The Pro’s Process - Mike Dever

The seventh in my series of posts asking Pro Traders about their psychological processes.  Delving a little into how it feels to them when trading.  The good and the bad.  How this has changed over time and what preparation they do mentally for performing as a trader.

One of the key features for me was that I wanted traders with experience who have been through the mill over the years and of course those who were kind enough to broach this subject publicly.  This I hope gives developing traders more to learn from.  

I’m very fortunate to have a great line up and this week is: 

Trader: Mike Dever

1) How long have you been trading?

33 years

2) What style of trading / investing do you practice (technically driven, fundamental, systematic, a combination etc)?

After starting out as a discretionary trader, I quickly evolved into using systematic models for trading decision support. Following a multi-year research project in the late 1980s – early 1990s, during which I systematized my trading methods, I’ve traded pursuant to a fully-systematic, multi-strategy trading model.

3) How do you feel when a trade goes against you?

I assume you mean “when it loses money.” I never look at a trade as having gone “for me” or “against me.” That’s far too personal and anthropomorphizes each trade. As long as we’re “on model” I feel fine. It doesn’t matter whether any given trade is losing or making money.

4) How do you feel when a trade goes for you?

The same as I do in response to the question above.

5) How have these feelings changed over your trading career?  (Can you recall how you originally used to feel and elaborate on how this has changed over time?)

For the first ten years or so of my trading career I definitely felt an emotional pull that changed with the outcome of my trading. After making the full commitment to systematic trading I instead felt emotional satisfaction over developing sound trading strategies, and no significant emotions based on the outcome of the trading itself.

6) Do you have any practices that you do away from the trading screen to help you mentally and emotionally handle trading?

Enjoy my family. But nothing designed specifically to make me a better trader.

7) Have you always done this? 

No. I was far more involved with my work life throughout most of my career. I enjoyed what I did for work and that’s why I spent so much time on it, but it was behavior that some may have viewed as “workaholic.”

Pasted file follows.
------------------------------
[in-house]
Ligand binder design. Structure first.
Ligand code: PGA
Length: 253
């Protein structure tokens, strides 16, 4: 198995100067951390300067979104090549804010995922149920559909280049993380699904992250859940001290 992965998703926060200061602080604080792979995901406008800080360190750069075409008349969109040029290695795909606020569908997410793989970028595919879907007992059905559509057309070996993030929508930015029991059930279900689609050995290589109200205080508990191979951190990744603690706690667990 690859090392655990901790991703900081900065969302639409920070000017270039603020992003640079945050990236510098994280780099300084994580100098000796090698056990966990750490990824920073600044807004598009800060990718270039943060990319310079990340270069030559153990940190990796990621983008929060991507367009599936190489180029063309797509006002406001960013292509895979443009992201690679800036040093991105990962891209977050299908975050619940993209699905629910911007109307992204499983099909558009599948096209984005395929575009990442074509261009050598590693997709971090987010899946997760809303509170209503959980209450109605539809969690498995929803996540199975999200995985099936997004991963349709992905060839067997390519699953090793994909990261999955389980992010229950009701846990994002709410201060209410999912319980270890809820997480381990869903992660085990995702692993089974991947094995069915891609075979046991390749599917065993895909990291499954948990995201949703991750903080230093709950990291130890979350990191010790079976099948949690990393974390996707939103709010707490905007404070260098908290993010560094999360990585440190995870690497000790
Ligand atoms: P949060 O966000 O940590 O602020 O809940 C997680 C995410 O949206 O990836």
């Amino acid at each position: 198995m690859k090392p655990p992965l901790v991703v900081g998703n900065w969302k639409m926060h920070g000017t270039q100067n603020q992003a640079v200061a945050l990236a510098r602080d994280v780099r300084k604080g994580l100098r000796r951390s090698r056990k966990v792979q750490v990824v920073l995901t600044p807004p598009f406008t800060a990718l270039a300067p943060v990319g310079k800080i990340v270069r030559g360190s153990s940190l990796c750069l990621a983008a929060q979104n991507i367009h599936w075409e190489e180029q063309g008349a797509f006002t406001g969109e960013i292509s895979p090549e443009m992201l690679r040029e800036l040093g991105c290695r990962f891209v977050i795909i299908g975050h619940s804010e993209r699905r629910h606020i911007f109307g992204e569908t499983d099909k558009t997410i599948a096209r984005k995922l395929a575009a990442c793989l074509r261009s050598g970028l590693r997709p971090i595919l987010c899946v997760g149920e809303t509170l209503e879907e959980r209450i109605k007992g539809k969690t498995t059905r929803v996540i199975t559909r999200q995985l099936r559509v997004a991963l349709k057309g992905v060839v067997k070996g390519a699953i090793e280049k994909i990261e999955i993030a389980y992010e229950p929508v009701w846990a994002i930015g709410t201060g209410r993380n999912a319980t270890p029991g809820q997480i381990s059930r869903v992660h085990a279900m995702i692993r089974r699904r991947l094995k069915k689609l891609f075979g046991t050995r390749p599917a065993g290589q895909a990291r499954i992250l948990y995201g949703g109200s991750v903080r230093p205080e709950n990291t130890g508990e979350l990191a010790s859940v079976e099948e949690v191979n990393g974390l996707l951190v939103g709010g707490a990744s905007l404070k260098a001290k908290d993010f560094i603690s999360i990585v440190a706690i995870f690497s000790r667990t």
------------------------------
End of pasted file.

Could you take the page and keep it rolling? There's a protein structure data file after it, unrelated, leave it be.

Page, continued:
8) If not, how have you learnt to deal with the feelings that come up when trading?


9) Can you describe a time in your trading life which really rammed home the point that so much of trading comes down to psychological factors?

Too many to list all here. But I discuss one in chapter 11 of my book (Jackass Investing: Don’t do it. Profit from it.), where I describe an S&P trade I made in October 1987. But the main point I learned is the importance of reducing the effect that psychological factors have on trading. For me, following a disciplined, systematic trading model achieves that goal.

10) If you could give aspiring traders one piece of advice about emotionally handling the market what would it be?

Trade to make money, not to fill some other unfilled emotional hole.


I’d like to thank Mike Dever for sharing about the way he tackles the market from an emotional / mental side of things and for his willingness to allow me to post this as a free resource in the hope that traders who have been in the market for less time or are thinking of entering can perhaps pick up some A-HA’s.

If you are interested in finding more out about Mike Dever you can find him:

On twitter: @mikedever

At his firms website:

On the books website: 

He is also the author of the excellent Jackass Investing: Don’t do it. Profit from it. You would be wise to check it out (click here)


Previously in the series:

Charles Kirk - read it…

Matt Davio - read it…

David Blair - read it….here

Mike Bellafiore - read it….here

Mark Holstead - read it ….here

Brian Shannon - read it…. here


Disclaimer: Embrace The Trend / Richard Chignell does not provide investment, financial or product advice.  I trade my own capital exclusively.  I eat my own cooking as should you.  If you are going to trade / invest it’s at your own risk and you must take responsibility for your actions.